• Always go one week earlier than you’ve arranged because when you get there and the wind is blowing, the rain is driving and you’re having a post-round pint of Guinness with the other drowned-rat Americans, Ballybunion members, none of whom will have played that day, will buy a round to honor your intrepidity (or is that stupidity) and say, “Oh, you should have been here last week. The weather was grand.”
• When the members tell you the rough is wispier than normal, ask them to define “normal.” It has been my experience that when the rough is wispy at Ballybunion you have a one-in-10 chance of finding your ball rather than the typical one-in-20. But even when the rough is wispy you still have only a one-in-50 chance of actually being able to get enough club on the ball to advance it more than a few feet.
• Once the Old Course has kicked your ass, go play the more difficult Cashen Course; or, better yet, do something that is loads more fun than 36 holes at Ballybunion – like licking some of the 220 volt outlets in the clubhouse.
• Never believe a caddie, a member, or a playing partner from America who tells you it’s OK to hit driver because there is “more room out there than it looks.” That is never the case at Ballybunion.
• Enjoy the first hole. The tee shot plays downhill with a panoramic view of the course and the town of Ballybunion as the backdrop. You can hit driver if you avoid the two fairway bunkers on the left and the town cemetery on the right because “there is more room out there than it looks.” The green is the easiest on the course to hit and one of the easiest to putt. Still, I’ve watched many a good player walk off the first with a par on his scorecard, a smile on his face and optimism in his heart, only to trudge up the 18th distraught and wondering where it all went wrong.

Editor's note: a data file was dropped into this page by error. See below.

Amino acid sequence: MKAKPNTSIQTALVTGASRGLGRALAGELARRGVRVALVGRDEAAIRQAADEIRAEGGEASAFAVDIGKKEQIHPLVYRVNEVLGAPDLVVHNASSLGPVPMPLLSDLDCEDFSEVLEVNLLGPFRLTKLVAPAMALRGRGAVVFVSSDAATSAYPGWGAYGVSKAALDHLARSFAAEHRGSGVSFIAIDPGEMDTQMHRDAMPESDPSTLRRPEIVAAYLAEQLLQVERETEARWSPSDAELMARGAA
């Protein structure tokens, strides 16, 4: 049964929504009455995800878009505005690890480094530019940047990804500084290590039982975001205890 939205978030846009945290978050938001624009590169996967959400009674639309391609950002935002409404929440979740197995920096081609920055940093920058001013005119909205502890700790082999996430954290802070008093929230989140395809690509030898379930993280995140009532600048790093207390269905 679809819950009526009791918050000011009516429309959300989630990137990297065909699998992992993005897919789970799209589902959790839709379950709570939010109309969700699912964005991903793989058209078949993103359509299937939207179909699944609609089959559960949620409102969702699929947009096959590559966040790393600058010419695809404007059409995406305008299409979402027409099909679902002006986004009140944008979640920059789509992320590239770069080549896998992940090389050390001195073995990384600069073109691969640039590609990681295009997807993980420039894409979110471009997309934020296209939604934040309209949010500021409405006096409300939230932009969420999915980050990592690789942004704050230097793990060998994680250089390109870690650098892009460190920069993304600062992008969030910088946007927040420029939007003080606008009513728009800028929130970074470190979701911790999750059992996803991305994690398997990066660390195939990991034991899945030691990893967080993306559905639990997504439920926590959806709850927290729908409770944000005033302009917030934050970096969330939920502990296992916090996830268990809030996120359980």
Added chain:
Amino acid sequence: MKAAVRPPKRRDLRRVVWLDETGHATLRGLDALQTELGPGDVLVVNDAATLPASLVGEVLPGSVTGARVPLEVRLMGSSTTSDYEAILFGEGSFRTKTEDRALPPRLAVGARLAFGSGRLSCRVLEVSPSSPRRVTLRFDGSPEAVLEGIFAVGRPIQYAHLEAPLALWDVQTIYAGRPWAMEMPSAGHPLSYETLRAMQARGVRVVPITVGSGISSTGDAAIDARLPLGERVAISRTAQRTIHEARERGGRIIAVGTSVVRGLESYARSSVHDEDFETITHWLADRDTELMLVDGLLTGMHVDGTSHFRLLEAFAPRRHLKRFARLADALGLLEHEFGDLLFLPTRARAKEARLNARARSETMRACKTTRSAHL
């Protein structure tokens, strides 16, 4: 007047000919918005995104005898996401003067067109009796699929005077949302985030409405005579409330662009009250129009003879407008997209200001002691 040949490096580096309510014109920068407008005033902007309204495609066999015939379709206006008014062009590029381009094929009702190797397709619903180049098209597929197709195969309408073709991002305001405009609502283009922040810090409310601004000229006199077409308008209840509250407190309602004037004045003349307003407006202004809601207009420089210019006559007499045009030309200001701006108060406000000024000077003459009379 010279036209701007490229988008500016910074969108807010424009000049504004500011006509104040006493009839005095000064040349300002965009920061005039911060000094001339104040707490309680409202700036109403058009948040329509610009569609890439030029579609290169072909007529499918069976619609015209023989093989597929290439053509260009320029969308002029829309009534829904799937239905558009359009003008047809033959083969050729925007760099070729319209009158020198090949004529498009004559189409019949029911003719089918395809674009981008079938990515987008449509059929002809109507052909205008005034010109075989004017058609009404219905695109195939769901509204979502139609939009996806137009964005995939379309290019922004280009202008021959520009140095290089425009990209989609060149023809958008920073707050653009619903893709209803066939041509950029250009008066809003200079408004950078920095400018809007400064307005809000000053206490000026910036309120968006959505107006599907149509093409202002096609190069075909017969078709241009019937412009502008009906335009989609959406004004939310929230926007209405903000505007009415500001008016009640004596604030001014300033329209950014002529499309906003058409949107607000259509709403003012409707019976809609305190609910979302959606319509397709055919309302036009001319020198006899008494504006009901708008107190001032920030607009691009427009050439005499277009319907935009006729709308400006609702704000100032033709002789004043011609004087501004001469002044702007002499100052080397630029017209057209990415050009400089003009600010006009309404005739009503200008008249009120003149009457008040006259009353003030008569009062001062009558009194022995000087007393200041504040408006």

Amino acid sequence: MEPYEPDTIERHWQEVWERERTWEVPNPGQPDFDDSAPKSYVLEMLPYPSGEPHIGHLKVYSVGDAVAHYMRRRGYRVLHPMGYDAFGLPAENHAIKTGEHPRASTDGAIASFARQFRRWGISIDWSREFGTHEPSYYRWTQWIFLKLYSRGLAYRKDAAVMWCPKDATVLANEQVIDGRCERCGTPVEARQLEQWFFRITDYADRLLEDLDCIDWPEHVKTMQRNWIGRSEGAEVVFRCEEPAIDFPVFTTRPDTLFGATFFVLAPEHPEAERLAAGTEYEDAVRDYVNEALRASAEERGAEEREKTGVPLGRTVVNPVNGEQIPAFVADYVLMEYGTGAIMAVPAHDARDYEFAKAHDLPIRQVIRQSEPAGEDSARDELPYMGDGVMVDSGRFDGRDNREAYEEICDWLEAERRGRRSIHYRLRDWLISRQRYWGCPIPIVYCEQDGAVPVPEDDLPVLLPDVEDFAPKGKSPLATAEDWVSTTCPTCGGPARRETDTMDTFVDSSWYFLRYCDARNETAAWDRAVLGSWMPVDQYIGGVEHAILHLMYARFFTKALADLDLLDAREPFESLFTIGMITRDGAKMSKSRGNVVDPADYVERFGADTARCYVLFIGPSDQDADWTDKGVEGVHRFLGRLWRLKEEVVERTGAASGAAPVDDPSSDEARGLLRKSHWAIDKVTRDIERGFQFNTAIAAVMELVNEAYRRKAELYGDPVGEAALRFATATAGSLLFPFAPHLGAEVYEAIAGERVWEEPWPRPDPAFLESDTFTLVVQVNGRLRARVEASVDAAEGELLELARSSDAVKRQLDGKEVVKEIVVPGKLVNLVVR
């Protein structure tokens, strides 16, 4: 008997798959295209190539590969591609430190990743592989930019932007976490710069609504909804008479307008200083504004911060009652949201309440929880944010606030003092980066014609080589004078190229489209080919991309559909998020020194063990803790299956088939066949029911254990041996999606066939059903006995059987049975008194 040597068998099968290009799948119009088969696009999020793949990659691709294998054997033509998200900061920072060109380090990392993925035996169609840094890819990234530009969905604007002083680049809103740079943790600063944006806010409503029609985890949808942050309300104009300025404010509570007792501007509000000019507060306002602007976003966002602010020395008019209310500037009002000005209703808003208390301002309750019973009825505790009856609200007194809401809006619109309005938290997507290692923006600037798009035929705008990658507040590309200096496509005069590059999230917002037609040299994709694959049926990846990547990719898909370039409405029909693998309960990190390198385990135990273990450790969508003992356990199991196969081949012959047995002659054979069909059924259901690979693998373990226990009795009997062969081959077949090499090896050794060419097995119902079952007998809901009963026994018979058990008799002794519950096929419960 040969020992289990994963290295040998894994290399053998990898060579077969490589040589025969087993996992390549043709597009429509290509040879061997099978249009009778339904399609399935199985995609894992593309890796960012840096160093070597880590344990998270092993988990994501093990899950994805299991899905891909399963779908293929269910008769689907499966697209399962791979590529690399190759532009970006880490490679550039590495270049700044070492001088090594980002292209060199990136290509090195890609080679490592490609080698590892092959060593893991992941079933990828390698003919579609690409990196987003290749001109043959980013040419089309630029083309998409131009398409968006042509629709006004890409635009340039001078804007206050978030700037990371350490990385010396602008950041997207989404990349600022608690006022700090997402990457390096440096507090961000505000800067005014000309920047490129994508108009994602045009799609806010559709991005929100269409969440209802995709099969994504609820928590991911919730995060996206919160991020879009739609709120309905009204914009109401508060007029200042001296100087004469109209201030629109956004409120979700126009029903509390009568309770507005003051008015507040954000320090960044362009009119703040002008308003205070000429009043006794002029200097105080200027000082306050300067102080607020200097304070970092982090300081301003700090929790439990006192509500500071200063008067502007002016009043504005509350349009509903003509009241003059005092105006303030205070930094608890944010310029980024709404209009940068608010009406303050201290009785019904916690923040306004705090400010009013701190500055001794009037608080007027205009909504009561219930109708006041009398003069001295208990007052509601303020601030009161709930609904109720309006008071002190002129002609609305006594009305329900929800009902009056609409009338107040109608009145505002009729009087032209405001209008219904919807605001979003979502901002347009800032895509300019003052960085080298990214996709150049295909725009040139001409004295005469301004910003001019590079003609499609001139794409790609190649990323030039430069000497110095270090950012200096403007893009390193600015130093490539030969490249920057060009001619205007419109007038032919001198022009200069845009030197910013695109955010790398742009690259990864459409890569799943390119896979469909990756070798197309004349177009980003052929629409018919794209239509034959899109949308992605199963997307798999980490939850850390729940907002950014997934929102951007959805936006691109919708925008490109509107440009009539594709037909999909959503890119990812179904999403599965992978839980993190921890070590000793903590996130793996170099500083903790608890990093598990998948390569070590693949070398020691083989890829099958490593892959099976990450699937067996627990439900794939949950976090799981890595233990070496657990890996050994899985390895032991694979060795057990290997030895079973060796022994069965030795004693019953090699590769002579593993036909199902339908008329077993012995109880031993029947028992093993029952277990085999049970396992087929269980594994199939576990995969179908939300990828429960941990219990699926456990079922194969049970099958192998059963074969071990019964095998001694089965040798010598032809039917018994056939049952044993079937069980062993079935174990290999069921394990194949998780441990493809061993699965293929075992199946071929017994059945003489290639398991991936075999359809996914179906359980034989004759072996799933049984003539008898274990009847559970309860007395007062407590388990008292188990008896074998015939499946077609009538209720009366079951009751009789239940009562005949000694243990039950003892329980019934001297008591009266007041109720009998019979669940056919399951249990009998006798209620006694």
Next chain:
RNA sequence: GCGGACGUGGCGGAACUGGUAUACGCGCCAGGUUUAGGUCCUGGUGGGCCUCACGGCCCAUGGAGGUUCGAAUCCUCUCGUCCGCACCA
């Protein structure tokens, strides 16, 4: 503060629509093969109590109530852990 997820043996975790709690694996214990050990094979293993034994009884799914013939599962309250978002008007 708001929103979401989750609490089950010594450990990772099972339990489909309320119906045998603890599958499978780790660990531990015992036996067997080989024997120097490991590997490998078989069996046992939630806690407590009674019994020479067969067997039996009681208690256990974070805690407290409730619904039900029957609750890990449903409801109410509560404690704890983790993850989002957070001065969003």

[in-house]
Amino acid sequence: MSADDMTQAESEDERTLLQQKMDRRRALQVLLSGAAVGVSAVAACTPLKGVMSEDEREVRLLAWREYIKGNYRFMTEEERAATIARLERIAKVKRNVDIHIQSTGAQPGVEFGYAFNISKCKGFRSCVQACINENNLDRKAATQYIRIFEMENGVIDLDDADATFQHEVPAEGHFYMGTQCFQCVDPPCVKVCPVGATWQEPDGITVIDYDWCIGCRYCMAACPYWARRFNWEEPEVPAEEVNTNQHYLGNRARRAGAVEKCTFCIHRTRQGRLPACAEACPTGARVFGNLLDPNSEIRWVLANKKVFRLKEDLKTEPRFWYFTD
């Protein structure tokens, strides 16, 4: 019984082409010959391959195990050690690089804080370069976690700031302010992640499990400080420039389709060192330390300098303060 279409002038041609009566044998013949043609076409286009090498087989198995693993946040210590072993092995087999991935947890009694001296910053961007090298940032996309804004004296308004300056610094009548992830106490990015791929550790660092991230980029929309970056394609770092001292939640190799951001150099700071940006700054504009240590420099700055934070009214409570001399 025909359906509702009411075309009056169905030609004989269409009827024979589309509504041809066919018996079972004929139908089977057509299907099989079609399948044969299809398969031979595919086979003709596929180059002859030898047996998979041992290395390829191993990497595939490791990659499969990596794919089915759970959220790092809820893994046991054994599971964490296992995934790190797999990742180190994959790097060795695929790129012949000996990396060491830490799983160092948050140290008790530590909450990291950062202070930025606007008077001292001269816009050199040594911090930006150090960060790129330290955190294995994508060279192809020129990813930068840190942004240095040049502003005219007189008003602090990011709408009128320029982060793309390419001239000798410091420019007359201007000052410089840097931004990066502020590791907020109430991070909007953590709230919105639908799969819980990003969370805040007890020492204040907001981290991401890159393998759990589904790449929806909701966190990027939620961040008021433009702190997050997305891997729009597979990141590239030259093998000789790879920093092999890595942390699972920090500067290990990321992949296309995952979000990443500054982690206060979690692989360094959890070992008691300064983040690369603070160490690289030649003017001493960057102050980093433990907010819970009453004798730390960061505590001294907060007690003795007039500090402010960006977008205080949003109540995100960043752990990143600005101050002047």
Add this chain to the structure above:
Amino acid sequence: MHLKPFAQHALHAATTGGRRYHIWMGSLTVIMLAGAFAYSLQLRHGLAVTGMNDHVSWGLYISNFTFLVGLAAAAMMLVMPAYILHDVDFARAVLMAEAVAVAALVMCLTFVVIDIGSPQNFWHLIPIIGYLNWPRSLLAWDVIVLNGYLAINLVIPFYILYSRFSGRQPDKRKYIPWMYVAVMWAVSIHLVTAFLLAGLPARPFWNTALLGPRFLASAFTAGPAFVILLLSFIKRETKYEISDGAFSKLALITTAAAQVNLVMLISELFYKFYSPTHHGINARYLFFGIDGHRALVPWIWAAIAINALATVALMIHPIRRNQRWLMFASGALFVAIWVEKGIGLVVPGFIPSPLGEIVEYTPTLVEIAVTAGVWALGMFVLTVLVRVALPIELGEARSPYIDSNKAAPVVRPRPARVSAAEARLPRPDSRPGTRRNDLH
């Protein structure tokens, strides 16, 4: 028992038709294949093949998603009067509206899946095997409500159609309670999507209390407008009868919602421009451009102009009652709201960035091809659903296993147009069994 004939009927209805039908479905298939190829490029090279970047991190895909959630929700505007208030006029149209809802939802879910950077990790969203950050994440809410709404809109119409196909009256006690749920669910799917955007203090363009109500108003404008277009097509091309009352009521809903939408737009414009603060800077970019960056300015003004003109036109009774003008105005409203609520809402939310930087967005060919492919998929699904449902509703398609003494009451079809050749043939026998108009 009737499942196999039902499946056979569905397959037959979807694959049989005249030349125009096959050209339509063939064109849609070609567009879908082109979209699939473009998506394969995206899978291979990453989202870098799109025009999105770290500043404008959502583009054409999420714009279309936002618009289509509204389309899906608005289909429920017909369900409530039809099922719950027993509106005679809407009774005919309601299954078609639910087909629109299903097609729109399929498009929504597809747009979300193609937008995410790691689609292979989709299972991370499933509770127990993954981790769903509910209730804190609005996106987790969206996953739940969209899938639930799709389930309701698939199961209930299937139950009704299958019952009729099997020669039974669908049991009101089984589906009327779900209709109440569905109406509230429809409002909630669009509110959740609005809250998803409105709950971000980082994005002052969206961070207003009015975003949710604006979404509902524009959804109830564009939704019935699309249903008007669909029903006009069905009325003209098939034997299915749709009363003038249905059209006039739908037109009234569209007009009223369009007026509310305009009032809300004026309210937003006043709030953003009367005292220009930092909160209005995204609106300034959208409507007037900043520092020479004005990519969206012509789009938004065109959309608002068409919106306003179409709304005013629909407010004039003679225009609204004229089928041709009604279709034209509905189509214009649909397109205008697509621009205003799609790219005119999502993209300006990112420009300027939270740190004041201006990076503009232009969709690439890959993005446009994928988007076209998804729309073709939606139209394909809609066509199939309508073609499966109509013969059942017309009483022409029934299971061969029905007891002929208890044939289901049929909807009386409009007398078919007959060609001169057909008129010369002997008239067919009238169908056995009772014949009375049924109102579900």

• If you play the Old Course a few times on your next trip you will look back over your rounds and realize that on two or three holes you have made maybe a par, a bogey and an X. You will be dumbfounded when it occurs to you that the quality of the shots you hit on those holes had no relation to the scores you made.
All this said, whenever I leave the wee town of Ballybunion, I can’t wait to get back. The hard truth for the 1,800 or so residents of this quintessential Irish town is that they don’t reap much from those who come from around the world only to pillage. They arrive on a tour bus, play the course because it’s on their bucket list and get back on the tour bus off to their next destination.
Not us. We stay the entire week mingling with locals, contributing to the economy –largely through the purchase of pints of Guinness. We get up the next morning to bang our heads against the Old Course once again, as if maybe somehow during a night of revelry and over indulgence the old girl’s Holy Grail might have been revealed to us.
In the town of Ballybunion there are no luxury hotels; no Michelin-starred restaurants. It’s a small town at the edge of Ireland; the Internet still runs slowly. The pillagers come to see Irish golf. We come to see Ireland. And if the town’s golf course won’t reveal its true destiny to us, the town itself and its gracious people are more than happy to do so. And that’s why we return.
Never has there been such an accommodating town with such and unaccommodating golf course. I hate this place. I mean I love it, but I hate it.